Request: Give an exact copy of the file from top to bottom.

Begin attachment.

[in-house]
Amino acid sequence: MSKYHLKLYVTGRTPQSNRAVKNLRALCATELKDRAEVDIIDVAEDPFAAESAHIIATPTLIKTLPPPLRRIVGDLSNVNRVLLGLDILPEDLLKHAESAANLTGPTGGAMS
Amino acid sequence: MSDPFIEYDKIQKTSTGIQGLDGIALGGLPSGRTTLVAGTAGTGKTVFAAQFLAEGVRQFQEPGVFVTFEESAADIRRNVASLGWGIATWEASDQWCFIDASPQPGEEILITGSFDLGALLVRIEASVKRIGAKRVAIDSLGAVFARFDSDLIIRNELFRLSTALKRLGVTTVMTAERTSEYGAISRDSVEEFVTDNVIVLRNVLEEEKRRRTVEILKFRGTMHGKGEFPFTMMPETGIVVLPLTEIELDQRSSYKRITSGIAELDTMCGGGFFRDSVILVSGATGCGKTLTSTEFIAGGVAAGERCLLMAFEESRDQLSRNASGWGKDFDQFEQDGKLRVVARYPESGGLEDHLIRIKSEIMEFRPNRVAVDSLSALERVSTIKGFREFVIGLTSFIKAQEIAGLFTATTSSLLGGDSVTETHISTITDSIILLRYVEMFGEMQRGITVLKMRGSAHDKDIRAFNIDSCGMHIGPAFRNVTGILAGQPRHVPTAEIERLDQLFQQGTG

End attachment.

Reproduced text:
[in-house]
Amino acid sequence: MSKYHLKLYVTGRTPQSNRAVKNLRALCATELKDRAEVDIIDVAEDPFAAESAHIIATPTLIKTLPPPLRRIVGDLSNVNRVLLGLDILPEDLLKHAESAANLTGPTGGAMS
Amino acid sequence: MSDPFIEYDKIQKTSTGIQGLDGIALGGLPSGRTTLVAGTAGTGKTVFAAQFLAEGVRQFQEPGVFVTFEESAADIRRNVASLGWGIATWEASDQWCFIDASPQPGEEILITGSFDLGALLVRIEASVKRIGAKRVAIDSLGAVFARFDSDLIIRNELFRLSTALKRLGVTTVMTAERTSEYGAISRDSVEEFVTDNVIVLRNVLEEEKRRRTVEILKFRGTMHGKGEFPFTMMPETGIVVLPLTEIELDQRSSYKRITSGIAELDTMCGGGFFRDSVILVSGATGCGKTLTSTEFIAGGVAAGERCLLMAFEESRDQLSRNASGWGKDFDQFEQDGKLRVVARYPESGGLEDHLIRIKSEIMEFRPNRVAVDSLSALERVSTIKGFREFVIGLTSFIKAQEIAGLFTATTSSLLGGDSVTETHISTITDSIILLRYVEMFGEMQRGITVLKMRGSAHDKDIRAFNIDSCGMHIGPAFRNVTGILAGQPRHVPTAEIERLDQLFQQGTG